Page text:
National Treasures

 

Rosenwald Schools once served generations of teachers, students, parents, and other community members. Today, the schools’ walls continue to tell stories of segregation, perseverance, and the importance of education -- like those from Mabel Dickey, who attended Mt. Zion near Florence, S.C., and Bishop Frederick C. James, who attended Howard Bishop High School in Prosperity, S.C.

Stories like these make the preservation of Rosenwald Schools unique, and they’re the reason the National Trust launched a campaign to save as many remaining schools as possible.... Read More →

The National Trust for Historic Preservation works to save America's historic places. Join us today to help protect the places that matter to you.

Emily Potter

Emily Potter is a copywriter at the National Trust. She enjoys writing about places of all kinds, the stories that make them special, and the people who love them enough to save them.

Prentice Women's Hospital: A Eulogy

Posted on: July 15th, 2013 by Guest Writer 4 Comments

 

Written by Anjulie Rao

Anjulie Rao, left. Credit: Mike Hari, fadeoutfoto.com
Anjulie Rao and Prentice Women's Hospital. Headshot photo courtesy of Mike Hari, fadeoutphoto.com

On October 12, 2012, I was thrown out of the Apple store on North Michigan Avenue, Chicago. I may have cried after the employee said, gruffly, he could not help me. Granted, I was overwhelmed by school, tired from the long walk to the store, and was feeling helpless in a city where I was a brand-new citizen.

I left in a hurry, dodging crowds of shoppers and tourists. The noise, the bustle -- it was all too much. The stench of new clothes, the one you wash your brand new jeans twice before wearing to get rid of, filled the air as I walked past the storefronts.

Taking a right, I headed toward the lake down an unknown side street where it felt like the quiet echoed amongst the calamity. This, and the breeze from the lake, drew me in. One block down, it seemed to go silent. Walking past walls of glass, I realized I had entered the Northwestern Hospital corridor. Steel, white concrete, and the glimmering facades enveloped me.

If Chicago was host to the White City of the World's Fair, this street was host to the Glass Village.

And then, she appeared. A monolith of matte concrete, arched and radiating toward the street.... Read More →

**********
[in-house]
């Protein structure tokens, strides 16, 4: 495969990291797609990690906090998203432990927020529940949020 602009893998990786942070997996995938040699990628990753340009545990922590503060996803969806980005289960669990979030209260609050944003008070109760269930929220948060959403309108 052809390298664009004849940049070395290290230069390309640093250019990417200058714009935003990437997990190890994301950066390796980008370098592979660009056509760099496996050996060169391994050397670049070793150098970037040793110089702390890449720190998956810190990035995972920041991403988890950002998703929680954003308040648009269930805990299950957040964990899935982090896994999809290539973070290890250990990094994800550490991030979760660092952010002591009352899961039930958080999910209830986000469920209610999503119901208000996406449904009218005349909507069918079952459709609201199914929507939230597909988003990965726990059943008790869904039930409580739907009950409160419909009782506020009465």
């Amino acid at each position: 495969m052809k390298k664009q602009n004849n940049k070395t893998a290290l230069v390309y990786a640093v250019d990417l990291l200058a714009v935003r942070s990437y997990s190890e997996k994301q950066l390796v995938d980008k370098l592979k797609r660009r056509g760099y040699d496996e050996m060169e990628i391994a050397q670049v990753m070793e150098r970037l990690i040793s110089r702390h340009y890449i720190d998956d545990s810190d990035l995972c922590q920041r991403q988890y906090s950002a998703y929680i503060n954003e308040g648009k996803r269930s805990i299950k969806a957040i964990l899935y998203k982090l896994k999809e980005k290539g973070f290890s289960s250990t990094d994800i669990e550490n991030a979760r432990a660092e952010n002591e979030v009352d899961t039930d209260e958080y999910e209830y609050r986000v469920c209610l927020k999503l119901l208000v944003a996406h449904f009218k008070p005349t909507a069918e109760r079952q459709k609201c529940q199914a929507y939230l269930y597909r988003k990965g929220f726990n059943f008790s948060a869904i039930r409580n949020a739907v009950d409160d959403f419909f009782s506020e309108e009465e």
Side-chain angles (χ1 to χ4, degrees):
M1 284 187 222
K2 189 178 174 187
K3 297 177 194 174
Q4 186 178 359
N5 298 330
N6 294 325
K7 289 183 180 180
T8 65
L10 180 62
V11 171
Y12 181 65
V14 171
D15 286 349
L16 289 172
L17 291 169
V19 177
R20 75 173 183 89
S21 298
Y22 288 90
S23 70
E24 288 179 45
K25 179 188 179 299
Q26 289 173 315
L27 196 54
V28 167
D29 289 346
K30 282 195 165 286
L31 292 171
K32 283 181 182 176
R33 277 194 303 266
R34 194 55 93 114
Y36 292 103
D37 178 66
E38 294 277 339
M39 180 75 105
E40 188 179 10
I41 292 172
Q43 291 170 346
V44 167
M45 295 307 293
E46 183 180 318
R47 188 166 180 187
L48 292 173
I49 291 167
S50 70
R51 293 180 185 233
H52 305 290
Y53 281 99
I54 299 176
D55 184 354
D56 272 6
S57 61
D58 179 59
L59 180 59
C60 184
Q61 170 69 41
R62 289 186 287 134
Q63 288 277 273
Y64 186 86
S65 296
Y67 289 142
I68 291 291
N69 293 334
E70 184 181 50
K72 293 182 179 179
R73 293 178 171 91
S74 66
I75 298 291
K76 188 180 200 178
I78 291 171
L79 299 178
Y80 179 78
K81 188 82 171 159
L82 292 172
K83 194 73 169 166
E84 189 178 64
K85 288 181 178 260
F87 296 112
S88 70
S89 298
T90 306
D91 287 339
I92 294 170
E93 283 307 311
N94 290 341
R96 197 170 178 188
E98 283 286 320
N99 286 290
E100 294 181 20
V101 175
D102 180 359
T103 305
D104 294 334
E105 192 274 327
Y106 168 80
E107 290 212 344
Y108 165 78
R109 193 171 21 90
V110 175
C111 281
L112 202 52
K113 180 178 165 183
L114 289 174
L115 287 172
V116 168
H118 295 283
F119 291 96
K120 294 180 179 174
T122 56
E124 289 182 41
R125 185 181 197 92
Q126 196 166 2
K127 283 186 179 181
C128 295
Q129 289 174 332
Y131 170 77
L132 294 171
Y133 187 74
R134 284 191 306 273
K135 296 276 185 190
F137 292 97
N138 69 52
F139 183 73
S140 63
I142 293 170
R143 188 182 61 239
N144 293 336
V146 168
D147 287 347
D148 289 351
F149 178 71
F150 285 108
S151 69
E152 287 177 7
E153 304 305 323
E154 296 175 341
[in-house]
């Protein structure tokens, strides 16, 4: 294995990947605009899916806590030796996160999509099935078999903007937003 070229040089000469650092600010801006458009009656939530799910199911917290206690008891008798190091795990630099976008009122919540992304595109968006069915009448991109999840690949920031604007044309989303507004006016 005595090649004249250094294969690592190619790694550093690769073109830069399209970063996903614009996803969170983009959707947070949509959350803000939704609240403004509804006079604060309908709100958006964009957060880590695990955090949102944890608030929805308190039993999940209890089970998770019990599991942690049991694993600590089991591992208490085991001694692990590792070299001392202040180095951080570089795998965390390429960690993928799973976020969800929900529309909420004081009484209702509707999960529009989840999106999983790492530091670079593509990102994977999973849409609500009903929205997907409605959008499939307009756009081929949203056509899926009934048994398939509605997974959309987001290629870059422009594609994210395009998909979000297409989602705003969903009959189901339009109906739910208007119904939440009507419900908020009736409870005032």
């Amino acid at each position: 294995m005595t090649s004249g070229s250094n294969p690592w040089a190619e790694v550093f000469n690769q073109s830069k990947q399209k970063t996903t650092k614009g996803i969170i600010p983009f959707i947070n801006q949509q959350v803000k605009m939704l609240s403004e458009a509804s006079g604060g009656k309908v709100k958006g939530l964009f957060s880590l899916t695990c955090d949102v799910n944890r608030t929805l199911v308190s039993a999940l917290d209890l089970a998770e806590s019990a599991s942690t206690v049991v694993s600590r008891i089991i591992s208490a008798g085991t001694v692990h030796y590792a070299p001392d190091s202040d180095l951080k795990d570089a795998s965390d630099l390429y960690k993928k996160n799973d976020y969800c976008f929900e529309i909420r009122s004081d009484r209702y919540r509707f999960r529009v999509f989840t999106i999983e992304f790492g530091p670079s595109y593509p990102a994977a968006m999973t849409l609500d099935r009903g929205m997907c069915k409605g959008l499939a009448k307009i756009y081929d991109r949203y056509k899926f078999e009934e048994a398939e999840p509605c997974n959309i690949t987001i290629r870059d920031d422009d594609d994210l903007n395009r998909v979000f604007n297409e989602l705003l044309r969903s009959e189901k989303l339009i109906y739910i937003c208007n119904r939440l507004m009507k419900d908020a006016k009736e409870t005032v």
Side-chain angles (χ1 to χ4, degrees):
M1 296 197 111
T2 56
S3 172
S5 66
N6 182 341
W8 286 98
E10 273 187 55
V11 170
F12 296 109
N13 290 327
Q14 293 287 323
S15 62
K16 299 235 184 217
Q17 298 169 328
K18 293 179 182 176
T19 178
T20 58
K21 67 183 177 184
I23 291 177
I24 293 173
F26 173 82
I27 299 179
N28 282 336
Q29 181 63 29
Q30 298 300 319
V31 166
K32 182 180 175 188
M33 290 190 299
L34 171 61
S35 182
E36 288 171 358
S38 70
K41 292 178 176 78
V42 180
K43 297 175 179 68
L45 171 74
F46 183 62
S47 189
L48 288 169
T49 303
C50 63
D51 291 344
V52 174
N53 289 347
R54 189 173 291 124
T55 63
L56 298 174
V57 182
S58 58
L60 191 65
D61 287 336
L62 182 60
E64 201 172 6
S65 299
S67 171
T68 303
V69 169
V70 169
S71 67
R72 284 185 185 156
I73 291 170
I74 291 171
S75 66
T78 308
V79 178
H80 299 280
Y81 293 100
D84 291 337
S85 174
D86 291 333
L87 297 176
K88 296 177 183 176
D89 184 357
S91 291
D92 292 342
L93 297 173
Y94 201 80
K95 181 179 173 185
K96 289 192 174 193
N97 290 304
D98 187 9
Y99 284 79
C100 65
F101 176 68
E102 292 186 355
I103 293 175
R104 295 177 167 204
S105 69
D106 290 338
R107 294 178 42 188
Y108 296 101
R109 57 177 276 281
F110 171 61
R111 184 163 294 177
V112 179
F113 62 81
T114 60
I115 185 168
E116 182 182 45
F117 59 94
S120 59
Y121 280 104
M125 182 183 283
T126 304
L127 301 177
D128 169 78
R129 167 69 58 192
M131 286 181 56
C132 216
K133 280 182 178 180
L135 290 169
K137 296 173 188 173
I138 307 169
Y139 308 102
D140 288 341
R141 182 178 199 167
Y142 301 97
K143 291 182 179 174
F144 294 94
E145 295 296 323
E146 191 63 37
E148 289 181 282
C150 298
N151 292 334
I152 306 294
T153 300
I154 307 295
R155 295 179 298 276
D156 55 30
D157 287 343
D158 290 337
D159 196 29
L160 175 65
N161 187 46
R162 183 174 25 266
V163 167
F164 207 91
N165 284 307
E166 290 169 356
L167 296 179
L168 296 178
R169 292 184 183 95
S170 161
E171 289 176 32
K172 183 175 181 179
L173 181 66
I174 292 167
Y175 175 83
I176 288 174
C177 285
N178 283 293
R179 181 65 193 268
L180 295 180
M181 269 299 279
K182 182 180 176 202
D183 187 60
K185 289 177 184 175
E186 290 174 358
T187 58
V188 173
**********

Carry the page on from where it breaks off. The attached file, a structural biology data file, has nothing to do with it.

The National Trust for Historic Preservation works to save America's historic places. Join us today to help protect the places that matter to you.

Guest Writer

Although we're always on the lookout for blog content, we encourage readers to submit story ideas or let us know if you've seen something that might be interesting and engaging for a national audience. Email us at editorial@savingplaces.org.

A Threatened American Legacy at Hinchliffe Stadium

Posted on: July 11th, 2013 by Katherine Flynn

 

130711_blog_photo_hinchliffe1
Hinchliffe Stadium was built in 1932 and has been closed since 1997.

Brian LoPinto loves the story of how, when a journalist asked the Great Bambino what he thought of Negro Leagues player Josh Gibson being called the “black Babe Ruth,” Ruth replied, “I’m the white Josh Gibson.”

Gibson was just one of the legendary players to take the field at Hinchliffe Stadium in Paterson, N.J. as a member of the Pittsburgh Crawfords, playing Hinchliffe's home team the New York Black Yankees. Today, however, the great legacy of professional African-American athletes at Hinchliffe Stadium in America's Jim Crow era is threatened by crumbling walls, splashes of graffiti, and general disrepair.... Read More →

The National Trust for Historic Preservation works to save America's historic places. Join us today to help protect the places that matter to you.

Katherine Flynn

Katherine Flynn

Katherine Flynn is an assistant editor at Preservation magazine. She enjoys coffee, record stores and uncovering the stories behind historic places. Follow her on Twitter at @kateallthetime.